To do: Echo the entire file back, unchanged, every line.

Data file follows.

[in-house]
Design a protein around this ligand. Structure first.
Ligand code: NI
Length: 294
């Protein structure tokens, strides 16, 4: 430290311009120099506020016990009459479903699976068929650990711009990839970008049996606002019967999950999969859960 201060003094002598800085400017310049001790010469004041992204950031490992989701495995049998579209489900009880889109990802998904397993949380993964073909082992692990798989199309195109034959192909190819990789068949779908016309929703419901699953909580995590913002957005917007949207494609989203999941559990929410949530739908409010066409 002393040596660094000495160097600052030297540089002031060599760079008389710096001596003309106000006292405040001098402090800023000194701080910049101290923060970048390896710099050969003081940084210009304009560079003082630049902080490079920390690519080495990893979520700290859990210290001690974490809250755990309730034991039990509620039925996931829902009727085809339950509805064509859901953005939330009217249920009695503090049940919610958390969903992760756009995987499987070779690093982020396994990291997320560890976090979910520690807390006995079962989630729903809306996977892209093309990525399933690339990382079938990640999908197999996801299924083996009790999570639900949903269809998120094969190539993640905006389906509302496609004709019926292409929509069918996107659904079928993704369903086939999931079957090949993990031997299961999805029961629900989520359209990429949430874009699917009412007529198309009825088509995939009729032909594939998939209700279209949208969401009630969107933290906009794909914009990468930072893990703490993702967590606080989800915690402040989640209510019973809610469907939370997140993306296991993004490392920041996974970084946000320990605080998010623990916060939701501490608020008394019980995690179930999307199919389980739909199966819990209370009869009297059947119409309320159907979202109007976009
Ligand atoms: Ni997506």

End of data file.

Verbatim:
[in-house]
Design a protein around this ligand. Structure first.
Ligand code: NI
Length: 294
């Protein structure tokens, strides 16, 4: 430290311009120099506020016990009459479903699976068929650990711009990839970008049996606002019967999950999969859960 201060003094002598800085400017310049001790010469004041992204950031490992989701495995049998579209489900009880889109990802998904397993949380993964073909082992692990798989199309195109034959192909190819990789068949779908016309929703419901699953909580995590913002957005917007949207494609989203999941559990929410949530739908409010066409 002393040596660094000495160097600052030297540089002031060599760079008389710096001596003309106000006292405040001098402090800023000194701080910049101290923060970048390896710099050969003081940084210009304009560079003082630049902080490079920390690519080495990893979520700290859990210290001690974490809250755990309730034991039990509620039925996931829902009727085809339950509805064509859901953005939330009217249920009695503090049940919610958390969903992760756009995987499987070779690093982020396994990291997320560890976090979910520690807390006995079962989630729903809306996977892209093309990525399933690339990382079938990640999908197999996801299924083996009790999570639900949903269809998120094969190539993640905006389906509302496609004709019926292409929509069918996107659904079928993704369903086939999931079957090949993990031997299961999805029961629900989520359209990429949430874009699917009412007529198309009825088509995939009729032909594939998939209700279209949208969401009630969107933290906009794909914009990468930072893990703490993702967590606080989800915690402040989640209510019973809610469907939370997140993306296991993004490392920041996974970084946000320990605080998010623990916060939701501490608020008394019980995690179930999307199919389980739909199966819990209370009869009297059947119409309320159907979202109007976009
Ligand atoms: Ni997506």